Recently we posted a petition calling for the removal of the Gandhi statue at the University of Ghana on the Blog. In this historic effort, the online petition started by a group of professors and students at the University has received nearly 2,000 signatures as well as a great deal of coverage in local and international news sources. The news articles shed light on the short history of the statue that was presented to the people of Ghana by Indian President Pranab Mukherjee in June 2016. Following the creation of the petition to remove the statue, the campaign quickly “gathered steam.” The critical dialogue surrounding the erection of the statue has focused not only on Gandhi’s racist identity, but also on the implications of the image of Gandhi in this space and what it means for students, professors, and the nation. In an article titled, “The Venal Illusion of Independence: Ghana vs. Gandhi,” Akosua Abeka states, “How can a public university adopt a foreign hero for its campus? How can our tax payer’s money be used in feeding a diet of a Gandhi monomania to our own children?” Abeka outlines the dangerous influence of the statue on the Ghanaian’s collective consciousness and the reality of cultural hegemony.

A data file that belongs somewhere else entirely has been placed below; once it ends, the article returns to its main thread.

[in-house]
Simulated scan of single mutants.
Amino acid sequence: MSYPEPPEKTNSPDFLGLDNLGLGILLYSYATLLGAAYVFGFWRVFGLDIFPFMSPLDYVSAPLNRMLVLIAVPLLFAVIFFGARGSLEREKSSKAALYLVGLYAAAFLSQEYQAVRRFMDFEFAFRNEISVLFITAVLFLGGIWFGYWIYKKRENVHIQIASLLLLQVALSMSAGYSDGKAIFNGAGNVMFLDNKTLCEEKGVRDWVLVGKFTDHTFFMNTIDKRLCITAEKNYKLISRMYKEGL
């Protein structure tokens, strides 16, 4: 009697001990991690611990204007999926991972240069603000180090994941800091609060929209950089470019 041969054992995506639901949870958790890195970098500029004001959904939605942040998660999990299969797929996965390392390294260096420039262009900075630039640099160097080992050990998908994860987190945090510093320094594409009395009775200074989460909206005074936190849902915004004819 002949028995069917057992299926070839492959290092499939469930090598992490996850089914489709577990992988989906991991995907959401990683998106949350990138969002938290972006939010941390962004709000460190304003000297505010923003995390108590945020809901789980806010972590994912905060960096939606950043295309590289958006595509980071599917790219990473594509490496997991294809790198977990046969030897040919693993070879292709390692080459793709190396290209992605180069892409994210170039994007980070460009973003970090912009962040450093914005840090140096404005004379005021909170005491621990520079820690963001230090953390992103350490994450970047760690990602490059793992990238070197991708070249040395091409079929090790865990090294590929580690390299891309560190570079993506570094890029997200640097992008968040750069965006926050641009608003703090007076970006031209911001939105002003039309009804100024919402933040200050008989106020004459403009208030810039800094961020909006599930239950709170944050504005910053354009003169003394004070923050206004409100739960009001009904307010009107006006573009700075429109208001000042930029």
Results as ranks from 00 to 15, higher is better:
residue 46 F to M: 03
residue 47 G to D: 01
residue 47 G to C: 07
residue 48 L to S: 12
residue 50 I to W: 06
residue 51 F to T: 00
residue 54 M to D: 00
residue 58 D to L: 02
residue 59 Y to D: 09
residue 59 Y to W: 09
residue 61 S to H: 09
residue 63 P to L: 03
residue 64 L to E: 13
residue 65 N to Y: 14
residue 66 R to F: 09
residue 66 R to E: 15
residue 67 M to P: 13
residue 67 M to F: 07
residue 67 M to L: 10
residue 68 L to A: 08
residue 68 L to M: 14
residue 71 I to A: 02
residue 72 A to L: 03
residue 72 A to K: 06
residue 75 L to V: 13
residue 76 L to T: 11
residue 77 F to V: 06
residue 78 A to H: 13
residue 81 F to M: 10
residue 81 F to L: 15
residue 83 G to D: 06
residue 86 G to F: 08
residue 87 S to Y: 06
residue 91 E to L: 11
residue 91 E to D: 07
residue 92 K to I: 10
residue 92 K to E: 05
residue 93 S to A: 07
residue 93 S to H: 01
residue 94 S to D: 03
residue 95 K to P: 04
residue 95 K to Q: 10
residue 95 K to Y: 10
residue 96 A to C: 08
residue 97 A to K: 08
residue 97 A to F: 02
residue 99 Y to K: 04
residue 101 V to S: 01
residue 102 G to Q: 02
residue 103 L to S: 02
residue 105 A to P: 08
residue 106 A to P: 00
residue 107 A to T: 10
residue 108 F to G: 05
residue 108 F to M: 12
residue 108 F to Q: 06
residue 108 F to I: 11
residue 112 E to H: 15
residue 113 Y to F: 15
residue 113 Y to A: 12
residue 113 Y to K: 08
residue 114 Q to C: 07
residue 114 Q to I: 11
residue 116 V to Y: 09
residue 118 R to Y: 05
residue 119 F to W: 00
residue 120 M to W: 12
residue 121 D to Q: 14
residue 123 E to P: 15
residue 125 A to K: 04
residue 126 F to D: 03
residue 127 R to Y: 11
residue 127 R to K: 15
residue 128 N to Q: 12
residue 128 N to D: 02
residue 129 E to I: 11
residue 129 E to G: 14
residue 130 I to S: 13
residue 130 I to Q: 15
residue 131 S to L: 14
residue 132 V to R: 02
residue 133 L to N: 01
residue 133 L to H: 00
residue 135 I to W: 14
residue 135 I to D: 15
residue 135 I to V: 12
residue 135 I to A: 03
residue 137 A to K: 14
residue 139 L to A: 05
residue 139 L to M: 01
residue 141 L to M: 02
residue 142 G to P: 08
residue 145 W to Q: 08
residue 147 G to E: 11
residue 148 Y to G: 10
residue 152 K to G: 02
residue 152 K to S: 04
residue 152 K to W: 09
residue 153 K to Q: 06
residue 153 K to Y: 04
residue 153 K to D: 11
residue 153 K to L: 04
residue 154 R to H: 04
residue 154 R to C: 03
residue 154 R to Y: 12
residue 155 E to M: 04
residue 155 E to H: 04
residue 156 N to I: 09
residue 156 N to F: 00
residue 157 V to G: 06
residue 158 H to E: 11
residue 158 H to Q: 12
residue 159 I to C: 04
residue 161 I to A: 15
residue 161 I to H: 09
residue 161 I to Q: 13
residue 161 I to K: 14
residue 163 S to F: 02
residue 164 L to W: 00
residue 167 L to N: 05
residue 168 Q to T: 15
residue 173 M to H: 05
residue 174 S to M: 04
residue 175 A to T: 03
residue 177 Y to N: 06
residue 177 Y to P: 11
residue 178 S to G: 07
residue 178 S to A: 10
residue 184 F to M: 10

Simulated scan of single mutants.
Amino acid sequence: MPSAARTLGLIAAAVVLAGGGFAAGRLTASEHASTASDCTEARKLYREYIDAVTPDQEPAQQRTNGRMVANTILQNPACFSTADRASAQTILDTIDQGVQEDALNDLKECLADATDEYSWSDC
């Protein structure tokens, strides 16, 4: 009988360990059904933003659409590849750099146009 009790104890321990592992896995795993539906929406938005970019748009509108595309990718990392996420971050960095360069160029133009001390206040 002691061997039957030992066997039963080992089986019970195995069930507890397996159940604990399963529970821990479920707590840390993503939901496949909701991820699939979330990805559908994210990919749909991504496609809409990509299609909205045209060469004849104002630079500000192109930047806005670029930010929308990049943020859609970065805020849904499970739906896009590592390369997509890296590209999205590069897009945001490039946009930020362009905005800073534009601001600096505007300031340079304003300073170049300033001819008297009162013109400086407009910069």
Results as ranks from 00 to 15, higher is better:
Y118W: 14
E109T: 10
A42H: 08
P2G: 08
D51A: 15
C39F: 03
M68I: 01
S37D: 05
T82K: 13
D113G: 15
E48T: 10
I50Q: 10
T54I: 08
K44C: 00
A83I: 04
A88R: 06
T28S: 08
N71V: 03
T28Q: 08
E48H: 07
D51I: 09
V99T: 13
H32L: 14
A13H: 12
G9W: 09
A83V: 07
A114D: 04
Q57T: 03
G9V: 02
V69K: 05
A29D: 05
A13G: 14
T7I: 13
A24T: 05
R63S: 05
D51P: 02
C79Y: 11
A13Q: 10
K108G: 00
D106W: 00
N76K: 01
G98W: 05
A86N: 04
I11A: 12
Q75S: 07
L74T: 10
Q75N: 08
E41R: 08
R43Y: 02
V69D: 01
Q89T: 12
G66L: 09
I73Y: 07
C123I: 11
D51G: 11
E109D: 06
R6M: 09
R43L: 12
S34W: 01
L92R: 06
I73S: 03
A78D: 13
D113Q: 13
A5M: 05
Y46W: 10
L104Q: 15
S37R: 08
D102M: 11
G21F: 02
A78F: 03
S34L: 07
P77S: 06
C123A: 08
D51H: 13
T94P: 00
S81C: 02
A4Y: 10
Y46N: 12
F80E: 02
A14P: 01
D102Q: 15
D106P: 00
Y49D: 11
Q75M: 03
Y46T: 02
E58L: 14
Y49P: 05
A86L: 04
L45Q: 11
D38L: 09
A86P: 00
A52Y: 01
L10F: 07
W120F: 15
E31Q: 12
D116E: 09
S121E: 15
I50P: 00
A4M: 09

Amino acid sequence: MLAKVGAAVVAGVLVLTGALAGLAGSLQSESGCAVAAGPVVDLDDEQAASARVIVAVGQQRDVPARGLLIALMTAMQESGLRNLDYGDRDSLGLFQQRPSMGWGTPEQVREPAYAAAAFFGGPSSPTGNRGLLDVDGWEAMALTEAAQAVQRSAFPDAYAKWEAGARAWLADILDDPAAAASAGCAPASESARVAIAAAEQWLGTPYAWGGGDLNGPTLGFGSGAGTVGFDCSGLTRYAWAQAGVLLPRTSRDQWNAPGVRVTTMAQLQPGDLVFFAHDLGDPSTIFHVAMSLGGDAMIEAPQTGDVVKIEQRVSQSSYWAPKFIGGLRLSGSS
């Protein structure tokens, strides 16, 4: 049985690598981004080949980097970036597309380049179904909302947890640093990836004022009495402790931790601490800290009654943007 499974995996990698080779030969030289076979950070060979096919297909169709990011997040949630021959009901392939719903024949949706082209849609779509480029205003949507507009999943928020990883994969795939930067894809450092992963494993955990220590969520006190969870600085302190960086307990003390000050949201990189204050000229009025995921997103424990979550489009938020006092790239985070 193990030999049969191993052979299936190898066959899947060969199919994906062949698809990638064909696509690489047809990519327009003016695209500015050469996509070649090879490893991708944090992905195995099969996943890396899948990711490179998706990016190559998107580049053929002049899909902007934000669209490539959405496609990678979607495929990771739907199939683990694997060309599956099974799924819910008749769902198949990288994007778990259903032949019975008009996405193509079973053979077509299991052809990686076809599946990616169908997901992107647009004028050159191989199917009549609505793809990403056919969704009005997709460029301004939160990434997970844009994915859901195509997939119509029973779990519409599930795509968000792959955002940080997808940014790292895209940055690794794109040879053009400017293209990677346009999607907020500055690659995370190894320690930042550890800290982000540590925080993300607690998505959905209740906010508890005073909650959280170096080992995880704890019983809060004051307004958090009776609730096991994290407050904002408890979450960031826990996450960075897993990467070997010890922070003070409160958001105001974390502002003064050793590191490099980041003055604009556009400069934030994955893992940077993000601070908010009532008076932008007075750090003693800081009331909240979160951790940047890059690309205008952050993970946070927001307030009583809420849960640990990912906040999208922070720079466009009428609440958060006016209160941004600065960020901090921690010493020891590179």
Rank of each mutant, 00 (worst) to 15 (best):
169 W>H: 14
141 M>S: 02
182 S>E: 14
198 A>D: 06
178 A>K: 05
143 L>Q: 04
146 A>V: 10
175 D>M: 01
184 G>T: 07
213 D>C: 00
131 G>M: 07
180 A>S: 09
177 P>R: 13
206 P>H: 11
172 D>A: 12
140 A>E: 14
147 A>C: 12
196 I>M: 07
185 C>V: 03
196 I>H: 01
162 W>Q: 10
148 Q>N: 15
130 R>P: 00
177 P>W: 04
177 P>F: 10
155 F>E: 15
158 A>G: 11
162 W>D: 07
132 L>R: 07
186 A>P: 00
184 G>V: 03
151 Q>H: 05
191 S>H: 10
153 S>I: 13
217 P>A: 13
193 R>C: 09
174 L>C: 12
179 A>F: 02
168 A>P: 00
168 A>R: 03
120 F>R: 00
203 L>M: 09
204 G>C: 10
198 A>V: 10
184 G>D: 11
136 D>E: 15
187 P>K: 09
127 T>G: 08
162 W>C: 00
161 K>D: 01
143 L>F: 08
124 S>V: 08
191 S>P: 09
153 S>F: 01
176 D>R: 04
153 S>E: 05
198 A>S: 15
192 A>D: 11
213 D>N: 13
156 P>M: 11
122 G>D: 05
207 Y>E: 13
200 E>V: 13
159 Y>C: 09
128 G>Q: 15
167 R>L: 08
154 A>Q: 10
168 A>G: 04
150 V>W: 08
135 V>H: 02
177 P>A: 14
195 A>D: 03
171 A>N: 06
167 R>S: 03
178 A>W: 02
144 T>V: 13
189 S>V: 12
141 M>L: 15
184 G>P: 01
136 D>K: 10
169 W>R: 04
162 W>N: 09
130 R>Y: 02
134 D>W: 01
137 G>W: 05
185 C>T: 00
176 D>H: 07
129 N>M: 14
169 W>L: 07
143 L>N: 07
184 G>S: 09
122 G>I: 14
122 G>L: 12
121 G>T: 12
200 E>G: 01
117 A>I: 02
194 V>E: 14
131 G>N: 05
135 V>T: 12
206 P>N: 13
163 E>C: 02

On October 6, 2016, Time reported, “Ghana Will Remove ‘Racist’ Gandhi Statue From Its Oldest University.” Abigail Abrams of Time noted that, taking into consideration the petition and protests, Ghana’s government has decided to relocate the statue. In an article titled, “Removing Gandhi statue from UG good news – Group,” Dr Akosua Adomako Ampofo was quoted as stating, “I am happy the statue will leave the University of Ghana campus. I am curious to know where it will be relocated to and if necessary we’ll ask further questions.” While the future location of the statue remains unknown, and the University Council to whom the original petition was submitted is yet to meet and respond, what does appear apparent is that through advocacy, petitioners and protestors have succeeded in in creating a dialogue about the importance of symbolism and dignity.
Check here for further information:
BR Ambedkar, “What Congress and Gandhi have done to the Untouchables” (1945);
GB Singh, “Gandhi: Behind the Mask of Divinity” (2004); “Gandhi under cross examination” (2009);
Booker prize-winning author Arundhati Roy “With the Doctor and The Saint” (2014);
Ashwin Desai and Goolam Vahed “The South African Gandhi—Stretcher bearer of Empire” (2015).